The National Consumer Disputes Redressal Commission (NCDRC) has directed a doctor to pay a compensation of Rs 3 lakh to a patient for being negligent in treating him, wrongly billing him for the treatment and causing him "mental agony" and "pain".
A bench of the apex consumer commission comprising President R K Agrawal and member M Shreesha asked the doctor, Geeta Jindal, to pay the compensation for the medical expenses incurred by the patient and the inflated billing.
The New India Insurance Company Limited would be liable to pay the amount as the doctor was covered by an indemnity policy, the bench noted.
The tribunal said the doctor was not only "negligent" in treating the patient but had also wrongly billed the victim for the "treatment that was never rendered" and therefore, it amounted to an unfair trade practice.
The tribunal allowed the revision petition of Haryana resident Dinesh Joshi, seeking a review of the state consumer disputes redressal commission's order dated May 10, 2016 dismissing his complaint, in which he had sought a direction to the doctor to refund the amount charged from him on account of wrong and unnecessary treatment.
According to the petition, Joshi had visited Jindal in Panchkula, Haryana on October 4, 2011 as he had a severe pain in his buttock. Jindal had given him medicines stating that he was suffering from fissures and that the pain would decrease within two days.
However, after two days, Joshi, who was still in severe pain, was rushed to Jindal and was admitted to a hospital, where she charged him Rs 36,450 for the treatment, despite assuring him earlier that the total expenses for his treatment would not exceed Rs 7,000, the petition said.
The doctor had charged Joshi Rs 12,500 towards ICU charges, though the latter was never put in one, and the patient was also billed for surgical instruments that were never used on him, it claimed.
The tribunal noted that the normal practice in private nursing homes and hospitals was that the management would provide for all the medicines and surgical items likely to be used and the billing would be done subsequently, confined to the items used.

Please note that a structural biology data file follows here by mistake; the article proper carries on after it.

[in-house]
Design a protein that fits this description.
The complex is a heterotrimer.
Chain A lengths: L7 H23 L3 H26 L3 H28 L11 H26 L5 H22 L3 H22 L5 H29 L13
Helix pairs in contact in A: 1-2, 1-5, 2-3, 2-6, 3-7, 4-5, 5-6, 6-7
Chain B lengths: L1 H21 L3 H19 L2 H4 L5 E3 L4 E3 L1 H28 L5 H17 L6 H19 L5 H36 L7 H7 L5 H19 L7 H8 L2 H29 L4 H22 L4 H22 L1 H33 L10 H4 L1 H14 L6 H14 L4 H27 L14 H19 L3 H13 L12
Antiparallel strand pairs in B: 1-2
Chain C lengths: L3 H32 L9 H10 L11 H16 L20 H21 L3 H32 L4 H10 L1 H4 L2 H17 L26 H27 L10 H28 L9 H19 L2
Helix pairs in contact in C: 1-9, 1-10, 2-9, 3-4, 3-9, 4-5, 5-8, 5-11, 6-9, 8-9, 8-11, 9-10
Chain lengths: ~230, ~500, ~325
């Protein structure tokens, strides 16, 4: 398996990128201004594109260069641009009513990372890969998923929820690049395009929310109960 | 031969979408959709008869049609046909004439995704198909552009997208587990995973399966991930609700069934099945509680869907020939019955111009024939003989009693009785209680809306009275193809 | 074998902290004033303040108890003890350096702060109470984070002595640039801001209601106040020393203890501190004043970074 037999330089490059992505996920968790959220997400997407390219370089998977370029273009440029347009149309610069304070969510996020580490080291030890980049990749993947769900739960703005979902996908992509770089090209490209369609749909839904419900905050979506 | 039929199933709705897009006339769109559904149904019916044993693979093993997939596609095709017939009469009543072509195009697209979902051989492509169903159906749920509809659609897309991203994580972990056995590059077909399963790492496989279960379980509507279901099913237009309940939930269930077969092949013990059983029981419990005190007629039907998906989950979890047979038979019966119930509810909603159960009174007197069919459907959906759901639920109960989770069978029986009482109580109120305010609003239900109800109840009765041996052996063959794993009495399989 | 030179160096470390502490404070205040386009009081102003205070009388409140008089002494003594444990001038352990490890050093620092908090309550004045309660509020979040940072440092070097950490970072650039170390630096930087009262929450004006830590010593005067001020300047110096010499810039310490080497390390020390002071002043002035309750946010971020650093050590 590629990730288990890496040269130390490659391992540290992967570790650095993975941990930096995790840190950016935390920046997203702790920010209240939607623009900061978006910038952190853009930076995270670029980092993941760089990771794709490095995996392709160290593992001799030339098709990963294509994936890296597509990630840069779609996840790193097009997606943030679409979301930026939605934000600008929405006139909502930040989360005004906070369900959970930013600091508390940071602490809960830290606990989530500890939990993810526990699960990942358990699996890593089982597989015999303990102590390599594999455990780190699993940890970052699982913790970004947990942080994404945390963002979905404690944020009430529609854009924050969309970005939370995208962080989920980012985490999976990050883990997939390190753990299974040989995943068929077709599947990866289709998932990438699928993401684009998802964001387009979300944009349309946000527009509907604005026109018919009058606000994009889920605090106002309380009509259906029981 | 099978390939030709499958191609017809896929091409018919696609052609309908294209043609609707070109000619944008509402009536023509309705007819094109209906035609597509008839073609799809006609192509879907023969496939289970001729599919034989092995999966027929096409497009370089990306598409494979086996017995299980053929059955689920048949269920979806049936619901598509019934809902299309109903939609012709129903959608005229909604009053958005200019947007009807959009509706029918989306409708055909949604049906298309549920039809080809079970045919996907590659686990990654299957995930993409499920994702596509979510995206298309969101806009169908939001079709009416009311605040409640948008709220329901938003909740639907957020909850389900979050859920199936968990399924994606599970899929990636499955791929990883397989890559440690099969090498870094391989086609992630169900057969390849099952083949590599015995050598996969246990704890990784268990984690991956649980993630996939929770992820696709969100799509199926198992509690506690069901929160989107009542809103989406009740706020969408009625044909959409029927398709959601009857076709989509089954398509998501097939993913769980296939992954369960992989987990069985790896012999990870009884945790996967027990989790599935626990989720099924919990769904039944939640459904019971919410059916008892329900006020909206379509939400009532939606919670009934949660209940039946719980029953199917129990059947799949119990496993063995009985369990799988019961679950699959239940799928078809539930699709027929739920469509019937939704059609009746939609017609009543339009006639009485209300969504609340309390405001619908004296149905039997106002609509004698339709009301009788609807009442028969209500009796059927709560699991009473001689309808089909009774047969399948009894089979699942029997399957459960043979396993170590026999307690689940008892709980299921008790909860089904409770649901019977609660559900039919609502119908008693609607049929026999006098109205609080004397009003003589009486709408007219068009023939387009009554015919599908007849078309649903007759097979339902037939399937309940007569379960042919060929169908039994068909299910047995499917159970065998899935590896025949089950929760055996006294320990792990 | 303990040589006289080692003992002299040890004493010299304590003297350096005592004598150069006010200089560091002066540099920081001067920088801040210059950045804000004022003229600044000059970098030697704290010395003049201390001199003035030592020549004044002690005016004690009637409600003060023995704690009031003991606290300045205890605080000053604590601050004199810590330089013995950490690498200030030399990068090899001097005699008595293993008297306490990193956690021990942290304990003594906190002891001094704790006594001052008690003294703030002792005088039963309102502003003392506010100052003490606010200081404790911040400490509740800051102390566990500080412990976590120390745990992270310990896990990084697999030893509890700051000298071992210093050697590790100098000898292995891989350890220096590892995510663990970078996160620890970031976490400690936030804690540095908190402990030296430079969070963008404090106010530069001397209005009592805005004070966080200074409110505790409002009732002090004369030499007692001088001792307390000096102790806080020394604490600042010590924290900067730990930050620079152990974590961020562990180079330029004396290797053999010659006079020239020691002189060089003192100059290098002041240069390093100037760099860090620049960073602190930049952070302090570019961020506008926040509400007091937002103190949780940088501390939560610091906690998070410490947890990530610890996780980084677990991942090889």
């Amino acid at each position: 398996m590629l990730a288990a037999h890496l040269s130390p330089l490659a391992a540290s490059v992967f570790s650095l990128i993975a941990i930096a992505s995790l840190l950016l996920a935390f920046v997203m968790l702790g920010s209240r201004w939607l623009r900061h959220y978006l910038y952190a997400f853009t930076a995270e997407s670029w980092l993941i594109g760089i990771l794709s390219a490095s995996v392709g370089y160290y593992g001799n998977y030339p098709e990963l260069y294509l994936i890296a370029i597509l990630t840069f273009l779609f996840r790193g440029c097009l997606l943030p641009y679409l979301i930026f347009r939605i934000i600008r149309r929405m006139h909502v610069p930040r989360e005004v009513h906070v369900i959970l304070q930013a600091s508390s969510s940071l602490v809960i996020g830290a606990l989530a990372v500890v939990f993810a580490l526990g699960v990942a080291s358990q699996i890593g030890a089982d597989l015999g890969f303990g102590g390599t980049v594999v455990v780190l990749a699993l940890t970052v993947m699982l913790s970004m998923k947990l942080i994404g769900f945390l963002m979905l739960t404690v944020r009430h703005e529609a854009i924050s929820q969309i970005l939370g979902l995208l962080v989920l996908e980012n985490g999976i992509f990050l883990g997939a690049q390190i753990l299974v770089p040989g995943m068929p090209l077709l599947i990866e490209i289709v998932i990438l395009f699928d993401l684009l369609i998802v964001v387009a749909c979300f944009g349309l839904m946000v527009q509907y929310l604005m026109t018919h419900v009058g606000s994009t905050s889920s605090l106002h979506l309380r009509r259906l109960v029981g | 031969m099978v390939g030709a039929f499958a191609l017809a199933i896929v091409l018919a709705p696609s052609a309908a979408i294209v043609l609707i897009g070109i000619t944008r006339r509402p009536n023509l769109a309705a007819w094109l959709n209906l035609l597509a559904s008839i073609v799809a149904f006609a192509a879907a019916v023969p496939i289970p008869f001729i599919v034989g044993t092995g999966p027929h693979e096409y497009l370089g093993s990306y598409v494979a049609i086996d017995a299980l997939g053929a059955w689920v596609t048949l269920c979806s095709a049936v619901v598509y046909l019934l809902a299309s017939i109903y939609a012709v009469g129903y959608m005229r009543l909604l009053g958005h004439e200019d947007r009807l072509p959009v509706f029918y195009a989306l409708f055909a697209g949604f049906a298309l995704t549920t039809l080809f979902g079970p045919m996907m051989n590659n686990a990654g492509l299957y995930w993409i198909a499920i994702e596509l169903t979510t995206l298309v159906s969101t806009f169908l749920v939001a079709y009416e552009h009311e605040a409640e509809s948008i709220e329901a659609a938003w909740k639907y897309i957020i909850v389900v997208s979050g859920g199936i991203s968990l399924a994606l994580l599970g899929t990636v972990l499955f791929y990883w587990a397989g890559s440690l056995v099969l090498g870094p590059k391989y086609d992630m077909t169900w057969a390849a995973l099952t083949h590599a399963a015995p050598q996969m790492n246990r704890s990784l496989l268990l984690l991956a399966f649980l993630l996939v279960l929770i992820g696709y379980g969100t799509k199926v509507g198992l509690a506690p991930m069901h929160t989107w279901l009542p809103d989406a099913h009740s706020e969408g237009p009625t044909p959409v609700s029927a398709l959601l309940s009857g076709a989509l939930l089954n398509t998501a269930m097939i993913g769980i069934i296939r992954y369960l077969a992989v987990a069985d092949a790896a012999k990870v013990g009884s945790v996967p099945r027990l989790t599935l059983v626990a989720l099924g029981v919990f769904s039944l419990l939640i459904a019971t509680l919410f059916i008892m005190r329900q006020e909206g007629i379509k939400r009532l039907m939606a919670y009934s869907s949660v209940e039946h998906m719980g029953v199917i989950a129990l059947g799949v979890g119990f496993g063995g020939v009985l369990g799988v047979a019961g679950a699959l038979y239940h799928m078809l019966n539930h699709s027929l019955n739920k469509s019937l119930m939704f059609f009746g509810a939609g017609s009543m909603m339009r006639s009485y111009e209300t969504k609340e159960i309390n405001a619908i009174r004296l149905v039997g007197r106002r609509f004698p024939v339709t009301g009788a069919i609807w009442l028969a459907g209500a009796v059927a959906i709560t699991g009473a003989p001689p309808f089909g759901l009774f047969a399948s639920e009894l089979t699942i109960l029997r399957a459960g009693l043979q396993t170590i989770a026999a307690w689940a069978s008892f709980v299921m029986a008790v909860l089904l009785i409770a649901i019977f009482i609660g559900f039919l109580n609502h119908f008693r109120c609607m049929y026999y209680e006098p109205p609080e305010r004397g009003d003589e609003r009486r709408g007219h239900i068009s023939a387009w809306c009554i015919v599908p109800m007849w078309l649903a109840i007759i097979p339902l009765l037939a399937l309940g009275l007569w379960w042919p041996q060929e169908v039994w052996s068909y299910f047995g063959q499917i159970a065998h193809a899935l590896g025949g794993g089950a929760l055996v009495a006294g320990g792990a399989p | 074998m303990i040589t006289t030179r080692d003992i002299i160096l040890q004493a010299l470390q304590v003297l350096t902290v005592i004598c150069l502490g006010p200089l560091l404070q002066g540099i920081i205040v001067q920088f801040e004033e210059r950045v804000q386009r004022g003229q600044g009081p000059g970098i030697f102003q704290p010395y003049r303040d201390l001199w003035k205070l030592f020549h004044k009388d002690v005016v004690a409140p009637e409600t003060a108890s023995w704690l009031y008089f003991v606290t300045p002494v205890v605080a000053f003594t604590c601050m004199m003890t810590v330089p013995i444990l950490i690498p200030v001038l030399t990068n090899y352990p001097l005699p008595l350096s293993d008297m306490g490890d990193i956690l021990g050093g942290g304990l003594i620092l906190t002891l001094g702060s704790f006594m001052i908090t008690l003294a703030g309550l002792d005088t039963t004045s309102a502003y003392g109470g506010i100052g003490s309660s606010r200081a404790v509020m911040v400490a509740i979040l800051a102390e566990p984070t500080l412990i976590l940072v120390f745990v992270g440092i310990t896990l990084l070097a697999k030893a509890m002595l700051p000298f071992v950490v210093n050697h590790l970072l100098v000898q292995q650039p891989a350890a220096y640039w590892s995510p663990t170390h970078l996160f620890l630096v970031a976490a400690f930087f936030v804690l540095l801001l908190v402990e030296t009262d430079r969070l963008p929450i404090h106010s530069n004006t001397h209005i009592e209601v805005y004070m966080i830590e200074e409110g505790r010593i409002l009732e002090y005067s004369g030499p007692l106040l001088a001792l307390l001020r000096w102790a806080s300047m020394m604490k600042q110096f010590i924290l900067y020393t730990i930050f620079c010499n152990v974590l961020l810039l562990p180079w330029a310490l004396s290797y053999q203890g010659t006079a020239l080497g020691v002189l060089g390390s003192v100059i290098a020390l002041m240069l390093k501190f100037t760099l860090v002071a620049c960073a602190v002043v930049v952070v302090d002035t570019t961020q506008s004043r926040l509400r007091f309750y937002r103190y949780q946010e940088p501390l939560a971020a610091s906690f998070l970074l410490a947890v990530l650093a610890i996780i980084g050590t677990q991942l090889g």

"In the present case, as the surgery was not performed, the medicines/surgical items which were not used were billed. There is also no evidence on record that the patient was ever put in an ICU.
"In fact, it is the main case of the treating doctor that surgery was not required to be performed and the question of putting the patient in an ICU did not arise. Therefore, the ICU charges of Rs 12,500 were wrongly billed. We are of the considered view that such a billing amounts to unfair trade practice," the tribunal said.
"Having regards to the bills, the averments made in the written version, the information procured under RTI and the treatment rendered, we are of the considered view that the treating doctor is not only negligent in the treatment of the patient but has also wrongly billed the complainant with charges for which the treatment was never rendered and therefore, we are of the opinion that this act also amounts to unfair trade practice," it added.
The district and the state consumer forum had ruled out any medical negligence on the doctor's part but had jointly held the scanning centre that had diagnosed Joshi and the insurance company liable for paying him compensation.